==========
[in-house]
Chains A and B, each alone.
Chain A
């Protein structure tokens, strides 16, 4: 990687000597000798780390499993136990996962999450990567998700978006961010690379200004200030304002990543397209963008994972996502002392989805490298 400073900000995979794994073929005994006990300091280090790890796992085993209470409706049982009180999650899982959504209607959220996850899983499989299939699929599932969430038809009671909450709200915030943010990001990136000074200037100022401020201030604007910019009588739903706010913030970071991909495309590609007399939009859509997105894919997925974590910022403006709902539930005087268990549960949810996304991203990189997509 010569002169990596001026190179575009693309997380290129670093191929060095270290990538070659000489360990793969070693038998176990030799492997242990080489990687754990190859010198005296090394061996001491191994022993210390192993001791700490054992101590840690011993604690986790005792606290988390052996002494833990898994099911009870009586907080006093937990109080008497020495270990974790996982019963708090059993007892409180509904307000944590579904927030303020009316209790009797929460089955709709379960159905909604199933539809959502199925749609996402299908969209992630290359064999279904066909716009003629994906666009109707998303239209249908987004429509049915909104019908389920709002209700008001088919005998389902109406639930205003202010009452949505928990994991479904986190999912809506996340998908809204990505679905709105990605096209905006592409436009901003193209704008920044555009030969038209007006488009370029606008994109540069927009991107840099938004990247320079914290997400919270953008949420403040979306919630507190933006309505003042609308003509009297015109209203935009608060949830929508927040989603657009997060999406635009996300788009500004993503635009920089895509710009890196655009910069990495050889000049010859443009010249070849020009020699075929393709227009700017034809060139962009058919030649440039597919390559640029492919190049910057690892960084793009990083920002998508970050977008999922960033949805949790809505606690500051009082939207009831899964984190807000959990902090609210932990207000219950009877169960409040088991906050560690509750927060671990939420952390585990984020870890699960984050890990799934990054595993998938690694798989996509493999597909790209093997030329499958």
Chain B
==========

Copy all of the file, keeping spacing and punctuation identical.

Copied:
[in-house]
Chains A and B, each alone.
Chain A
């Protein structure tokens, strides 16, 4: 990687000597000798780390499993136990996962999450990567998700978006961010690379200004200030304002990543397209963008994972996502002392989805490298 400073900000995979794994073929005994006990300091280090790890796992085993209470409706049982009180999650899982959504209607959220996850899983499989299939699929599932969430038809009671909450709200915030943010990001990136000074200037100022401020201030604007910019009588739903706010913030970071991909495309590609007399939009859509997105894919997925974590910022403006709902539930005087268990549960949810996304991203990189997509 010569002169990596001026190179575009693309997380290129670093191929060095270290990538070659000489360990793969070693038998176990030799492997242990080489990687754990190859010198005296090394061996001491191994022993210390192993001791700490054992101590840690011993604690986790005792606290988390052996002494833990898994099911009870009586907080006093937990109080008497020495270990974790996982019963708090059993007892409180509904307000944590579904927030303020009316209790009797929460089955709709379960159905909604199933539809959502199925749609996402299908969209992630290359064999279904066909716009003629994906666009109707998303239209249908987004429509049915909104019908389920709002209700008001088919005998389902109406639930205003202010009452949505928990994991479904986190999912809506996340998908809204990505679905709105990605096209905006592409436009901003193209704008920044555009030969038209007006488009370029606008994109540069927009991107840099938004990247320079914290997400919270953008949420403040979306919630507190933006309505003042609308003509009297015109209203935009608060949830929508927040989603657009997060999406635009996300788009500004993503635009920089895509710009890196655009910069990495050889000049010859443009010249070849020009020699075929393709227009700017034809060139962009058919030649440039597919390559640029492919190049910057690892960084793009990083920002998508970050977008999922960033949805949790809505606690500051009082939207009831899964984190807000959990902090609210932990207000219950009877169960409040088991906050560690509750927060671990939420952390585990984020870890699960984050890990799934990054595993998938690694798989996509493999597909790209093997030329499958």
Chain B